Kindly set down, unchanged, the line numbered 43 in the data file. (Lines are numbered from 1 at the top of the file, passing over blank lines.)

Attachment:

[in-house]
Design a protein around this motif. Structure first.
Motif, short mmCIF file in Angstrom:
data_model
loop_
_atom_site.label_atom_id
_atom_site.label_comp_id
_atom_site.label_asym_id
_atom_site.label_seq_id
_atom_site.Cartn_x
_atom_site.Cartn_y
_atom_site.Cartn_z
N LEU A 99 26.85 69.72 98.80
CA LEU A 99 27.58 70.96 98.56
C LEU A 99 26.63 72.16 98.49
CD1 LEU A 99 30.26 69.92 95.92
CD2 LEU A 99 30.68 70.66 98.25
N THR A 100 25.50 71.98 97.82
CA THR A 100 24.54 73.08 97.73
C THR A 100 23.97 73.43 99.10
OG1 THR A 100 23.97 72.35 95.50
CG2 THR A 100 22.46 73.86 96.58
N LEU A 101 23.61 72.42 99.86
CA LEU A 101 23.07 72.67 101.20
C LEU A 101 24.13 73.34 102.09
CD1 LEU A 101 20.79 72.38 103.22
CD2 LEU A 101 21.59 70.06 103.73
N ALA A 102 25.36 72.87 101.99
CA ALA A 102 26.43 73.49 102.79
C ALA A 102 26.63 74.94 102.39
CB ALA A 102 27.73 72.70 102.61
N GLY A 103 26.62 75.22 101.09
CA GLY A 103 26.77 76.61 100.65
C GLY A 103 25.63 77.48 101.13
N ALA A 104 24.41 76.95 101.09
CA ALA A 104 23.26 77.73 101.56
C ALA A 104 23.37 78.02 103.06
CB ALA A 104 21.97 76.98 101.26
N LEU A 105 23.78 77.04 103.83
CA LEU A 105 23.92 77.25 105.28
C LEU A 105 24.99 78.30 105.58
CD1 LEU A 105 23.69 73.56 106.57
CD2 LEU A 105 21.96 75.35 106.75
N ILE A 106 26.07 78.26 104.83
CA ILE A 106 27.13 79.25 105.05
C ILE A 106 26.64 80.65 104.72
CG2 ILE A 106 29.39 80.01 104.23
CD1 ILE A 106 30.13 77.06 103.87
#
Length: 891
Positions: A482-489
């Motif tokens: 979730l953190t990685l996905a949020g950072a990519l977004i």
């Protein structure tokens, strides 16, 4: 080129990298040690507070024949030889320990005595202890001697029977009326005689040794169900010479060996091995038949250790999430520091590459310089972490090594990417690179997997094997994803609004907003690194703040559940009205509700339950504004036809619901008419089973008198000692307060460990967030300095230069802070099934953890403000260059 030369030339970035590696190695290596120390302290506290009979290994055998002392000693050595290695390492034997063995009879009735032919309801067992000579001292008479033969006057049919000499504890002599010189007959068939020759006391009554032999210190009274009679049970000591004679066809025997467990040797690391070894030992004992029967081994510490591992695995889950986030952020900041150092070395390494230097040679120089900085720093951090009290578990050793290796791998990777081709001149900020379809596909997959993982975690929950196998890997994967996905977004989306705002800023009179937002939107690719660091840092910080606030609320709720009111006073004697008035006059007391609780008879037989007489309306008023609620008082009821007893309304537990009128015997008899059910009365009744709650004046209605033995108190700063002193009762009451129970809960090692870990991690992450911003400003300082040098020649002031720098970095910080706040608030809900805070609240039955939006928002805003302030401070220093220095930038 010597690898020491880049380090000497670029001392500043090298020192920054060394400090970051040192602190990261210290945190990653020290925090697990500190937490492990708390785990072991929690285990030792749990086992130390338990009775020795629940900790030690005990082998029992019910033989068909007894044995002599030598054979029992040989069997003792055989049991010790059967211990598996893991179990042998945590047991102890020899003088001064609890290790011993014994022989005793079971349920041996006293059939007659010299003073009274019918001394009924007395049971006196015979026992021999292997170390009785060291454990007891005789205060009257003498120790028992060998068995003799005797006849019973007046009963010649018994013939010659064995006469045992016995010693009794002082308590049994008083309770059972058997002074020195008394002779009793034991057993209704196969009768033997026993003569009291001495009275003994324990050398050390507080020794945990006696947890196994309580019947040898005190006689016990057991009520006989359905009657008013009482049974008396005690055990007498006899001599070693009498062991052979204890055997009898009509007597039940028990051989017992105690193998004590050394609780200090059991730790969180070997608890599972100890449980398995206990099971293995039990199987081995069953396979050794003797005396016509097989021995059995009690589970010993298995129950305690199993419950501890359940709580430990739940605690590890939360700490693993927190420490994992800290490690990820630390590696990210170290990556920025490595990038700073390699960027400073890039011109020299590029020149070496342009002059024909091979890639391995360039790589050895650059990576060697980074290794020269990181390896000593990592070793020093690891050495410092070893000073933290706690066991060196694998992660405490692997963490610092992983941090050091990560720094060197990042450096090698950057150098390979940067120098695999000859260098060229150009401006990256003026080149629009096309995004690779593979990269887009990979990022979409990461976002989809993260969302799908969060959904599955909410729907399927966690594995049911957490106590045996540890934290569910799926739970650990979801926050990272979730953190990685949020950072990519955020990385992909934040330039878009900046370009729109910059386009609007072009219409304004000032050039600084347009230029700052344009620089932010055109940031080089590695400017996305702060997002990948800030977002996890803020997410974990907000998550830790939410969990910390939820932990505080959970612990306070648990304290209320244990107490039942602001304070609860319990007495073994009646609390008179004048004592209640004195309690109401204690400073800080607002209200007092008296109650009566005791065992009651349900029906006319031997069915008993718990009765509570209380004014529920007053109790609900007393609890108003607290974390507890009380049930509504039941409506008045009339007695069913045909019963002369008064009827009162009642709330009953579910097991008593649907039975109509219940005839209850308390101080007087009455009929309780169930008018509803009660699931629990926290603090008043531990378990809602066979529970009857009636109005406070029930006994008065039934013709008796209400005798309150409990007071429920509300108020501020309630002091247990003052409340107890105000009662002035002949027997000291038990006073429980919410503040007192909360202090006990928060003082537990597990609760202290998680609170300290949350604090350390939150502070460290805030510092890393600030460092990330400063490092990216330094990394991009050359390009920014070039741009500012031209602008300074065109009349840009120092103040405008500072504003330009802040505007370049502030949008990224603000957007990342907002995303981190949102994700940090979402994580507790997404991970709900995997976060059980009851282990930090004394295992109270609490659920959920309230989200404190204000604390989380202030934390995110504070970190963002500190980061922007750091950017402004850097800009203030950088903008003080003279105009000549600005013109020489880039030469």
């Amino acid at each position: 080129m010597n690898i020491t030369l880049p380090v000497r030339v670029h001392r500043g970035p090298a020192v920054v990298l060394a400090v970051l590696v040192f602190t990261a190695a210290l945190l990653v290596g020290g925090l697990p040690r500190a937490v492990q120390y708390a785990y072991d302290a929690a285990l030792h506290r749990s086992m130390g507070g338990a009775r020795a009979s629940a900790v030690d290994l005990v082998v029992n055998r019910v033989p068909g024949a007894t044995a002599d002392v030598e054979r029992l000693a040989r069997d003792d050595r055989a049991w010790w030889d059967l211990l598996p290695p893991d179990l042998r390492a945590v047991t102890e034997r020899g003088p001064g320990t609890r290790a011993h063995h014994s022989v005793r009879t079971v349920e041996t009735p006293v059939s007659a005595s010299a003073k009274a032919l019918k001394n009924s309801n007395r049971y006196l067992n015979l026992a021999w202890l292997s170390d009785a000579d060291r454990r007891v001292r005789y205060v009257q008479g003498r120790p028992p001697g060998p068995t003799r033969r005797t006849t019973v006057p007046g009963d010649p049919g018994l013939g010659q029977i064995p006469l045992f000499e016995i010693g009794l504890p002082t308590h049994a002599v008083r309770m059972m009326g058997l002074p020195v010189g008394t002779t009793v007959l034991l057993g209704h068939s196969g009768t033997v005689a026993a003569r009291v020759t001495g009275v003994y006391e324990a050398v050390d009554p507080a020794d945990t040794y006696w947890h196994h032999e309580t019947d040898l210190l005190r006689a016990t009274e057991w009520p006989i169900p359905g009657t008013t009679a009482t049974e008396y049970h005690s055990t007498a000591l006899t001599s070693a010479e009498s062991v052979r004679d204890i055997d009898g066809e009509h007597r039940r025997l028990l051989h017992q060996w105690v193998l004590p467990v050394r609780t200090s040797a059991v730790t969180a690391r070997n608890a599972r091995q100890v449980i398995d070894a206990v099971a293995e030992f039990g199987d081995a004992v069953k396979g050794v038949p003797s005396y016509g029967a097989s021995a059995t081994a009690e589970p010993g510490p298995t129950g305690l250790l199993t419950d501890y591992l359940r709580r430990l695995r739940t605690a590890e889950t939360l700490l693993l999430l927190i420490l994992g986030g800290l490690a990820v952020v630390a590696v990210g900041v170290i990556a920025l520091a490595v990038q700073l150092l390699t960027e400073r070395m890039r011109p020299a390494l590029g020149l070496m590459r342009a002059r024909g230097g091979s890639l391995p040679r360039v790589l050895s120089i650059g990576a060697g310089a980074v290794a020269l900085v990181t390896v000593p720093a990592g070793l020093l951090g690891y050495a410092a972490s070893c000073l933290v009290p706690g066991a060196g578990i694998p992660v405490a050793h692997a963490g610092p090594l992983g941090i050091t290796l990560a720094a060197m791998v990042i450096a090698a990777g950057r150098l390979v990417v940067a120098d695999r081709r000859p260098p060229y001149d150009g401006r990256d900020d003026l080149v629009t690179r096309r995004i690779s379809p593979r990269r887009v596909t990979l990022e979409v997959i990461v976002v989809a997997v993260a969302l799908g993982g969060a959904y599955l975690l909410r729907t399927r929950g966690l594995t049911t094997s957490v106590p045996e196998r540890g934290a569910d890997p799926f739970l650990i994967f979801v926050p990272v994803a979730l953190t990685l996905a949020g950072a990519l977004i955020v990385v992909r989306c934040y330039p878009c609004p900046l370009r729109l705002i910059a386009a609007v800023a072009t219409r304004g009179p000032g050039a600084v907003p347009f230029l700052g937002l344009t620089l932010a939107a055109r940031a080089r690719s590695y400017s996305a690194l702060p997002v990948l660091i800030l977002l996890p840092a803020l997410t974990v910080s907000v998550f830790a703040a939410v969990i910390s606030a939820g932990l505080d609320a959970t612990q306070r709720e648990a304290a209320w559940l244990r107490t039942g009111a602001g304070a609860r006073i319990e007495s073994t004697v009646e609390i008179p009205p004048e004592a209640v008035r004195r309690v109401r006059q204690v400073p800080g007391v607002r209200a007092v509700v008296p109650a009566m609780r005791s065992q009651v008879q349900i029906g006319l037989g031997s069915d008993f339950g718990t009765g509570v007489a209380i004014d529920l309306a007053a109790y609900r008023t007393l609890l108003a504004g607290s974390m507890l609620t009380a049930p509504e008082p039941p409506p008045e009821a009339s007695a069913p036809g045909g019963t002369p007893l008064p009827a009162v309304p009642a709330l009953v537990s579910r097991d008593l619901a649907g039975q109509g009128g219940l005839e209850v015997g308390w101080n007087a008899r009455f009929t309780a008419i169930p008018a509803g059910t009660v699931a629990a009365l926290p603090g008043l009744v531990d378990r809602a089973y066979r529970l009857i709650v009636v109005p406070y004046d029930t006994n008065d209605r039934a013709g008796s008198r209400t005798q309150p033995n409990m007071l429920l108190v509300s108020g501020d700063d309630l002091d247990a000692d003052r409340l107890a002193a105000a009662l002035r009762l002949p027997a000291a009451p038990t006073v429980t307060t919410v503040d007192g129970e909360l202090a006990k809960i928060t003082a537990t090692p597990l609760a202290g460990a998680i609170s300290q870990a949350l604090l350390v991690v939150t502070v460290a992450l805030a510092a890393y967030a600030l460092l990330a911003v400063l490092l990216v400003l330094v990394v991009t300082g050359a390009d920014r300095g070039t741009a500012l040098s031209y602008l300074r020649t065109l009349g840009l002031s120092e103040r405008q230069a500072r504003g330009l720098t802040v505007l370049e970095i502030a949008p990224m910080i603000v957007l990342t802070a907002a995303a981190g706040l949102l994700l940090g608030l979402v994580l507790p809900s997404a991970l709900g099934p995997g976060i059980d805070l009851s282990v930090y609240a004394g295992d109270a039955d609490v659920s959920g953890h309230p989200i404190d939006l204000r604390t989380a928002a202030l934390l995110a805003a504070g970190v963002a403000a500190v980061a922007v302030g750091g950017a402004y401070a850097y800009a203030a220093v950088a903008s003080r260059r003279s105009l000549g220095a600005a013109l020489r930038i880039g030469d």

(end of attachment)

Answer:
CD2 LEU A 105 21.96 75.35 106.75